from Wiktionary, Creative Commons Attribution/Share-Alike License
- n. One who assists in saving life and property from a wreck; a coast boatman.
from The Century Dictionary and Cyclopedia
- n. See hoveler.
Sorry, no etymologies found.
Pritchard's most interesting chapter, in which the best authorities are quoted at length, is convincing that the word 'hoveller' is derived from _hobelier_ (_hobbe_, [Greek] _hippos_, Gaelic _coppal_) and signifies 'a coast watchman, 'or' look-out man, 'who, by horse
In the olden time the owners of these nautical huts dwelt in them, hence the name of "hoveller" which is used at the present day.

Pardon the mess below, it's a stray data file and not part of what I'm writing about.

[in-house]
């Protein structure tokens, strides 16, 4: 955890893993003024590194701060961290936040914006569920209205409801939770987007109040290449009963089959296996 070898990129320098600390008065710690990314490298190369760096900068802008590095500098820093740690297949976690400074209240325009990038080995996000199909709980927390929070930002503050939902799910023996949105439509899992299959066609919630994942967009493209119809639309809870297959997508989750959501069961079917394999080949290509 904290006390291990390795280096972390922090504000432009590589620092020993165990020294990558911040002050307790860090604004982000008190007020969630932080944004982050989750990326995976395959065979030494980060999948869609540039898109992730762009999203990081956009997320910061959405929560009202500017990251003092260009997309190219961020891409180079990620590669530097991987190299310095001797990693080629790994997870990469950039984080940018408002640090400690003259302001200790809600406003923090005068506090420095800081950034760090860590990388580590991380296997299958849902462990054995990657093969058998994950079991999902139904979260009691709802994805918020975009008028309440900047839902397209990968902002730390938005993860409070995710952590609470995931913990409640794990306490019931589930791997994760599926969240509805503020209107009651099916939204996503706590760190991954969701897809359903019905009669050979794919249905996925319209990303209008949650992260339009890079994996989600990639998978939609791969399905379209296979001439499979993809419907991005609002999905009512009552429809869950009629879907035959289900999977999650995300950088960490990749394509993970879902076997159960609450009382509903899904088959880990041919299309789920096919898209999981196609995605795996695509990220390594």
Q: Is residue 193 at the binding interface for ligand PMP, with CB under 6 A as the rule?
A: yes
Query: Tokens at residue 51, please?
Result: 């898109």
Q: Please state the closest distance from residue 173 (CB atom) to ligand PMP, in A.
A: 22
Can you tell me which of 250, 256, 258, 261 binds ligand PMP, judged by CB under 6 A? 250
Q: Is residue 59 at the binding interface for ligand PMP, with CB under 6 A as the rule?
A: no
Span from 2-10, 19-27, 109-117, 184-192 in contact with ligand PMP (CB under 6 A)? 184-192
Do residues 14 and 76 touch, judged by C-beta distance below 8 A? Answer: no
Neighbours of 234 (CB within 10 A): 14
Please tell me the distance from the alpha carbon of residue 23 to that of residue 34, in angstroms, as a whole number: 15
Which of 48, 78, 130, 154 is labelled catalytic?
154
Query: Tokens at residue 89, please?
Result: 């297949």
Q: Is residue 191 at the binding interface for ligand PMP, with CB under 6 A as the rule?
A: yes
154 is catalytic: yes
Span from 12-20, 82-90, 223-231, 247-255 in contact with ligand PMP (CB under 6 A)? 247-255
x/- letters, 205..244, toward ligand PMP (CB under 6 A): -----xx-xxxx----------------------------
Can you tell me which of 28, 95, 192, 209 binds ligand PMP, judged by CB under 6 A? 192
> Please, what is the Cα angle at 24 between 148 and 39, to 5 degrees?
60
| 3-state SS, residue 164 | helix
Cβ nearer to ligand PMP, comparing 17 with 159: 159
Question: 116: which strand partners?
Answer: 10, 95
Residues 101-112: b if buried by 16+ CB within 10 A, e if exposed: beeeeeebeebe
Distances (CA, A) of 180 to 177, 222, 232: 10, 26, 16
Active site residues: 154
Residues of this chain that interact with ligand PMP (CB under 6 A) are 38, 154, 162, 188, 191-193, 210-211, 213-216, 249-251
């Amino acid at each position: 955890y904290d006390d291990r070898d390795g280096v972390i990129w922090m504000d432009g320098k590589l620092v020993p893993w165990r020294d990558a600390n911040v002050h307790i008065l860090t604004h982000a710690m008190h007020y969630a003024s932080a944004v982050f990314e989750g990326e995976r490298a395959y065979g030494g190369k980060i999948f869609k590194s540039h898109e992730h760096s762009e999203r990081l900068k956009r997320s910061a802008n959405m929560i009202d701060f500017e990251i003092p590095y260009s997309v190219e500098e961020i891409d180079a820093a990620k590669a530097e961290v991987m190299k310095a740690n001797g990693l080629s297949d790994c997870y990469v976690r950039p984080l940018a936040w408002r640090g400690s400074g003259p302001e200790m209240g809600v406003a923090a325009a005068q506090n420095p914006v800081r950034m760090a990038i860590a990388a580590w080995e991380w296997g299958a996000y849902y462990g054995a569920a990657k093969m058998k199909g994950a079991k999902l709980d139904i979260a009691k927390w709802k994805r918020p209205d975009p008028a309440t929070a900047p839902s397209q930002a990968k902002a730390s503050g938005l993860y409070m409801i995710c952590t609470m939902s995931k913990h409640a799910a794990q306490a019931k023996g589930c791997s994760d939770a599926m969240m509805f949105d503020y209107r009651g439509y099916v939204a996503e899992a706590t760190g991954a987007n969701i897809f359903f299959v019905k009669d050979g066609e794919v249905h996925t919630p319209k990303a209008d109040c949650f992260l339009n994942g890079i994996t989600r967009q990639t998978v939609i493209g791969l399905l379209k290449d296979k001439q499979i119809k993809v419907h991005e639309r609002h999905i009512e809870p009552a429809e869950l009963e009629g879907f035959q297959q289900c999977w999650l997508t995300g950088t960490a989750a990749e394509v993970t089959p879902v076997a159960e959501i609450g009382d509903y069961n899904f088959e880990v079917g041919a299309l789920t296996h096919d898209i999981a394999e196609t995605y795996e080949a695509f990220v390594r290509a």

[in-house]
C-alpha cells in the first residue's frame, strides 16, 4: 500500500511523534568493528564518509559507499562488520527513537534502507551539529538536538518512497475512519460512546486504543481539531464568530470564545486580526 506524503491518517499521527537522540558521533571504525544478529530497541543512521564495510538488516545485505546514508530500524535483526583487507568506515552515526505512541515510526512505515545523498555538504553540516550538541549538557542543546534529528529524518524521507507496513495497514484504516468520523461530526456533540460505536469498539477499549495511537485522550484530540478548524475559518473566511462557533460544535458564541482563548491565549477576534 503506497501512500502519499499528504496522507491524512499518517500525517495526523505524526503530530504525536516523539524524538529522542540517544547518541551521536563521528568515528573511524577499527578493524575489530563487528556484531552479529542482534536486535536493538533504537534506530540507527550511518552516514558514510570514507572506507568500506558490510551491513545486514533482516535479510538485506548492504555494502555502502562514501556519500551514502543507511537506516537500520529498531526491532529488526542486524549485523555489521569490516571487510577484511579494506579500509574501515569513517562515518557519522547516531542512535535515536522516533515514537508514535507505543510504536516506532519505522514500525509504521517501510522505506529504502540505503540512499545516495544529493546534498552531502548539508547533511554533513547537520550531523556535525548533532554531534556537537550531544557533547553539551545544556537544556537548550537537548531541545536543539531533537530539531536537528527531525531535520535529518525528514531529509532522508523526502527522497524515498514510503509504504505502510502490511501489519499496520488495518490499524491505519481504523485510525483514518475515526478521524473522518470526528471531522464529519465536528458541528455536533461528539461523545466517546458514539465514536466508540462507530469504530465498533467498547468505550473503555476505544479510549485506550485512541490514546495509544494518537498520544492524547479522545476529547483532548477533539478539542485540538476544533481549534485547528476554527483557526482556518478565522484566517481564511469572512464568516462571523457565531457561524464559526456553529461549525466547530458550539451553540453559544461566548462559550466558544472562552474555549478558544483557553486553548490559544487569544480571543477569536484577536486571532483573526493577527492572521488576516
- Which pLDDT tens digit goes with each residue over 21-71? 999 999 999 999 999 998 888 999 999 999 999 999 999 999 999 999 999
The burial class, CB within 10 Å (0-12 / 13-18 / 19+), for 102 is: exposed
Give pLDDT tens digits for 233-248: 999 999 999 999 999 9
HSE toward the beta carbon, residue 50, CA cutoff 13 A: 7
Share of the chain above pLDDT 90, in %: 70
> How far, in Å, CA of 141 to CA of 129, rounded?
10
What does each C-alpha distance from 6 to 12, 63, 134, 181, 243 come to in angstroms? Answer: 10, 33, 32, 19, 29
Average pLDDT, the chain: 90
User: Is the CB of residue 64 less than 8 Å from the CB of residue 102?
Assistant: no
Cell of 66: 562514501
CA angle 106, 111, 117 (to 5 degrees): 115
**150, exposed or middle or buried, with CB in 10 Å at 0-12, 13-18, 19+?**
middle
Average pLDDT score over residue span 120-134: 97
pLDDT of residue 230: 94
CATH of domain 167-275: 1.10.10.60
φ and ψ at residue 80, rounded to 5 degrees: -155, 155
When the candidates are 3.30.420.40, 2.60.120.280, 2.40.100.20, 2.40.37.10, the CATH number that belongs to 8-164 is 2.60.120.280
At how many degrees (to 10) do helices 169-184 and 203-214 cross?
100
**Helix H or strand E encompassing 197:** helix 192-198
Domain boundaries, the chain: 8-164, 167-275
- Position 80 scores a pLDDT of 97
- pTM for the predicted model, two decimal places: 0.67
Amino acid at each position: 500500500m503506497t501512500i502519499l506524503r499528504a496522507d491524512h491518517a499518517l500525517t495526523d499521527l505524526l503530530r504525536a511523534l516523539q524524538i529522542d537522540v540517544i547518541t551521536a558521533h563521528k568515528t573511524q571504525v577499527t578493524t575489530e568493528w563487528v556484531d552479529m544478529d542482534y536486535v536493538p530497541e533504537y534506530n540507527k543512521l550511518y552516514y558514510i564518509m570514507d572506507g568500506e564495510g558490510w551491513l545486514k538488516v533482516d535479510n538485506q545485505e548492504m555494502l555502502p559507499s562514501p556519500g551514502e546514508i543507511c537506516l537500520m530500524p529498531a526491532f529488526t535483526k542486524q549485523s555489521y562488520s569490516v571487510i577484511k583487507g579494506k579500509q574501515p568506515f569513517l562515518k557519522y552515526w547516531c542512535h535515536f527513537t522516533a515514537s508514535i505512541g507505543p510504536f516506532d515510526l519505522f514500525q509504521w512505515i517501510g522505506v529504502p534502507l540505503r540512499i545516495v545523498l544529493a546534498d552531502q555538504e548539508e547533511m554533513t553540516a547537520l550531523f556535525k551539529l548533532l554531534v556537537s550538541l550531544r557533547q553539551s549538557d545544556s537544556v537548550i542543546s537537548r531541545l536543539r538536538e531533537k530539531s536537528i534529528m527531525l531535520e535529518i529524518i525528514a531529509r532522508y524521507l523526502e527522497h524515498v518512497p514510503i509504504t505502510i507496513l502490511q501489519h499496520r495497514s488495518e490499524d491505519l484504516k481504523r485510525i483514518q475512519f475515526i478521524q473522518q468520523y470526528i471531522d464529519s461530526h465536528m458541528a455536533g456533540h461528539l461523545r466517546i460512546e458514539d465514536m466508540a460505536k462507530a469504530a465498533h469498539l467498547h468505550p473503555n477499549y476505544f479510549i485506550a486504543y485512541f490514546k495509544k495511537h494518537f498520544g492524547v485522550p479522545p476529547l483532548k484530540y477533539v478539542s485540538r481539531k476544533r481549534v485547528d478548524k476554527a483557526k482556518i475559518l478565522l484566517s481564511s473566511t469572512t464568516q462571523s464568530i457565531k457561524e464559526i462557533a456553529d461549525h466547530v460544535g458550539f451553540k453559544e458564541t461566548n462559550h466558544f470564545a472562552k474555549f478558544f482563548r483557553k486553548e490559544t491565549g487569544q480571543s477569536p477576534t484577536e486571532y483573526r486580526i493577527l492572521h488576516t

Oliver, and Long Eliza that married Treleaven the hoveller, and
Among the protected men his eye lit on Treleaven the hoveller, husband to Long Eliza, and Caius
(One of the two boatmen, thoughtfully regarding me, shut up one eye; this I understood to mean: first, that he took me into the conversation: secondly, that he confirmed the proposition: thirdly, that he announced himself as a hoveller.) ‘All of a sudden Mr. Clocker and me stood rooted to the spot, by hearing a sound come through the stillness, right over the sea, LIKE A GREAT
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